Asian grapevine

PUBLISHED : Thursday, 09 August, 2012, 12:00am
UPDATED : Wednesday, 15 August, 2012, 11:14pm


Consumption of wine in France continues to decline. From its peak at well over 100 litres per capita several generations ago, consumption now stands at less than half of that amount. Add to it the changing lifestyle, economic situation and the Loi Evin, a law passed in France in 1991 to restrict alcohol and tobacco advertising, and a generation of French in their 20s and 30s may opt for beer or no alcohol at all. Drink-driving laws are strict and widely enforced, so long meals over many bottles of wine are a thing of the past.

In Paris, where I have spent the past six weeks, alongside fast food and gourmet burgers - all the rage right now - are many new wine bars, which seem incongruous with the current trend. Many tiny wine bars, such as the popular Le Garde Robe in the first arrondissement, are so small that a group of 12 people would fill them.

Paris has always had excellent bars such as Willi's Wine Bar, established more than 30 years ago. However, a new breed of wine bars has recently emerged. Ambassade de Bourgogne, as the name implies, serves a good selection of wine from Burgundy at reasonable prices in the trendy sixth arrondissement. The selection of wines is focused and accompanied by a simple menu that includes charcuterie and cheese plates.

Modern bars offer different choices. While many seem to focus on specific criteria such as natural or organic wines, others offer a huge range of wines by the glass. Wine by One's list of 100 such wines is staggering and would have been unimaginable decades ago before the new technology of wine preservation (the enomatic system). Another popular wine bar is O Chateau, where the focus is on education. It offers wine classes and seminars daily in English or French and serves 40 wines by the glass.

Many natural wine bars have cropped up over the past decade, and the focus is on serving mostly organic, biodynamic and vins naturels, wine made without sulphur and from grapes grown without chemicals. Racines is a very popular natural wine bar that takes food equally seriously with options that range from seasonal specialities to cheese platters. It has two branches in Paris. Other such bars include Frenchies and Vivant.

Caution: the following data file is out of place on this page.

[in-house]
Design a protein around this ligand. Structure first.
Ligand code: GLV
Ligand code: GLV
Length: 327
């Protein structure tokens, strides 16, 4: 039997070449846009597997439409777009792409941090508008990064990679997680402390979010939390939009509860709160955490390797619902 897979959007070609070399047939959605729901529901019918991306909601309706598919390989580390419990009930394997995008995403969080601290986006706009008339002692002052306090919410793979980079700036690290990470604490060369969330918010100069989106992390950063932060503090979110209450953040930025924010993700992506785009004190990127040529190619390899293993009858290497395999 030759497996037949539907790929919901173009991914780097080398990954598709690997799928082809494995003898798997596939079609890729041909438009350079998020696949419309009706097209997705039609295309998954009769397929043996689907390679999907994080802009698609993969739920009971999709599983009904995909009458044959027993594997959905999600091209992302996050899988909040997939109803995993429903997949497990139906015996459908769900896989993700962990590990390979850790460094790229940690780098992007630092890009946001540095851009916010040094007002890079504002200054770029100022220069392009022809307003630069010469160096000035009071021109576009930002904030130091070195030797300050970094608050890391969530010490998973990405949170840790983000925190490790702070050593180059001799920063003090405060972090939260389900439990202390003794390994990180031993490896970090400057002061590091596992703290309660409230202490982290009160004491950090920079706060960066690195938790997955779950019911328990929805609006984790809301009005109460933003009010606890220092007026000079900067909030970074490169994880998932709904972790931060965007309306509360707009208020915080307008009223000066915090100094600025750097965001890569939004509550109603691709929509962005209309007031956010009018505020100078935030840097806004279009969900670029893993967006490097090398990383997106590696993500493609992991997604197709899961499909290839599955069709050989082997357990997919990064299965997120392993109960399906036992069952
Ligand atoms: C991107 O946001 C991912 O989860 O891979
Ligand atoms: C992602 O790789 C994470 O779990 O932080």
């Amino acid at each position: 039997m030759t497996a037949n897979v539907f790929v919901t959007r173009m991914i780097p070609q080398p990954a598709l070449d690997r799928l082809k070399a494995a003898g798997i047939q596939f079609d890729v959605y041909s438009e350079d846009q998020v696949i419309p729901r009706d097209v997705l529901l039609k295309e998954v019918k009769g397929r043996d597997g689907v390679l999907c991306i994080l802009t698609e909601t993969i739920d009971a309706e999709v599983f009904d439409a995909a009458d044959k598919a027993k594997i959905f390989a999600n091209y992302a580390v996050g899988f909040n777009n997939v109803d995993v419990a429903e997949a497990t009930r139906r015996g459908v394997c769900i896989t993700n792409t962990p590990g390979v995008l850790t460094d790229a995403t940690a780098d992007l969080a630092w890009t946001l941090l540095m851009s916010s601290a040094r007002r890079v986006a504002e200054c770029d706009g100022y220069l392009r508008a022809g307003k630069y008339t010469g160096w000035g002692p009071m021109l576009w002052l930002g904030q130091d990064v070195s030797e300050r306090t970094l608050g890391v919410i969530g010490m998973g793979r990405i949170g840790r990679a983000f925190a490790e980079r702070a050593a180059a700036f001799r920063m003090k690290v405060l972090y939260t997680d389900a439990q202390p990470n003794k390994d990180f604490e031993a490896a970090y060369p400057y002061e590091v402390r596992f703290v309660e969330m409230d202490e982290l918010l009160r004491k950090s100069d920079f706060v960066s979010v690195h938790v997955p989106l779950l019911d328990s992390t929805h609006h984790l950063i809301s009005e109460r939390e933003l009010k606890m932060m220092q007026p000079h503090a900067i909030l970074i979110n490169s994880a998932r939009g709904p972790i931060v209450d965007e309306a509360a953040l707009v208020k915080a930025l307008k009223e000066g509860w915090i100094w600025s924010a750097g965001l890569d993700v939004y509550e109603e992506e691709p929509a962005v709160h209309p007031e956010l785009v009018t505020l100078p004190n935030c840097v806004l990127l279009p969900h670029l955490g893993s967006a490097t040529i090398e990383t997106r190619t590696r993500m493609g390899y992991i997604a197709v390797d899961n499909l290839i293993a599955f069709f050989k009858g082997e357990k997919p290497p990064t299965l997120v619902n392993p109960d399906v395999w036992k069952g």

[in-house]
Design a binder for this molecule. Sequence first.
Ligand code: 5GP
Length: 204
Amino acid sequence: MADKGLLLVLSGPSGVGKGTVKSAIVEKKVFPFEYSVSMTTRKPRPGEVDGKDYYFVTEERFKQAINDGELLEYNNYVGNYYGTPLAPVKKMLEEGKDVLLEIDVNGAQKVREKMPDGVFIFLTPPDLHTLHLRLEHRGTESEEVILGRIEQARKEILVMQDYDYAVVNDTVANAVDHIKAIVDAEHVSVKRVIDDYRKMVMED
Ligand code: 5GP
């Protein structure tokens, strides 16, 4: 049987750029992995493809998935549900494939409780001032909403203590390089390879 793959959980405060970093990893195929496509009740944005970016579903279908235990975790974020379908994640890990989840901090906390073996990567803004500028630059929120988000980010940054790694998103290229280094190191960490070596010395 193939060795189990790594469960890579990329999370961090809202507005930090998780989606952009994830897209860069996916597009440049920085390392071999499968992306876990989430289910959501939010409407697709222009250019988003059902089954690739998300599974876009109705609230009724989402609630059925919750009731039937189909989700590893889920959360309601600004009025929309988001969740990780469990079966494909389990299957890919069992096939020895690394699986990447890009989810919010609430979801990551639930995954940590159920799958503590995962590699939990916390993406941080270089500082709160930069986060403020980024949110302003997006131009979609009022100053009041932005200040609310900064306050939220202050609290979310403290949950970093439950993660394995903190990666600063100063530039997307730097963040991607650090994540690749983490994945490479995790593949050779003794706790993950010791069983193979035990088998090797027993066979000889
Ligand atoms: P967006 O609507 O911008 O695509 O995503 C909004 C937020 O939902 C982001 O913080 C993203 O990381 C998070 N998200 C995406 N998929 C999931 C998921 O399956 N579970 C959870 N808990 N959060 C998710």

Not everyone is convinced about the merits of natural wines. Enrico Bernardo, named the best sommelier in the world in 2004, opened his restaurant Il Vino in 2007. He says: 'Over the past two to three years, natural and bio wines have been popular. It is due to many reasons, including environmental awareness and a desire to be closer to producers of both food and wine. However, I have had many bad experiences where natural wines were oxidative and had ... unpleasant aromas. In a Michelin-star restaurant, I had five glasses of undrinkable vins naturels.'

Robert Vifian is the chef-owner of Tan Dinh, a Vietnamese restaurant with an amazing wine list. Having been in the restaurant business for more than 30 years and seeing trends come and go, Vifian agrees with Bernardo that natural wines are now on the wane. 'Vins naturels are not necessary good or even better than traditionally made wines. There is a lot of bottle variation.'

Bernardo's Il Vino is a playful reversal of traditional menus - as a diner, one selects the wine first then dishes are recommended by the chef. Customers know that they are in such good hands that 70 per cent choose the blind tasting degustation menu at Euro150 (HK$1,440) - five wines are served blind alongside two appetisers, a main dish, cheese and dessert. Despite wine being 'the protagonist' at Il Vino, the food is so good that the restaurant earned a Michelin star very soon after opening.

Speaking with Bernardo, one can see a glimpse of a wine revival in France, which partly explains the growing number of wine bars throughout Paris. Bernardo says: 'In my 13 years of working in Paris, I have never seen so many people interested in wine and the evolution of wine in this way. Seven or eight years ago, I was seeing mostly mature, older people ordering and drinking wine. Now the younger generation is curious, and they are more open to trying and drinking wines.

'Ten years ago, there was one person who was talking about wine, and now it is everyone at the table is engaged with wine. Before, people were more intimidated; now that is no longer the case.'

Another trend that Bernardo sees is the move away from Grand Cru Bordeaux. 'People are now more open to trying foreign wines, especially the younger generation,' Bernardo says. He has seen a growing interest in German riesling, Italian and Portuguese wines in the past two years. The bottles that are most sought after are the small production, artisanal wines that offer quality at reasonable prices.

The figures reflecting declining wine consumption in France are a superficial, macro view, while the reality, according to many wine professionals, is quite different. Most are optimistic that the tide is turning in their favour.

Jeannie Cho Lee is the first Asian Master of Wine. E-mail her at Find her at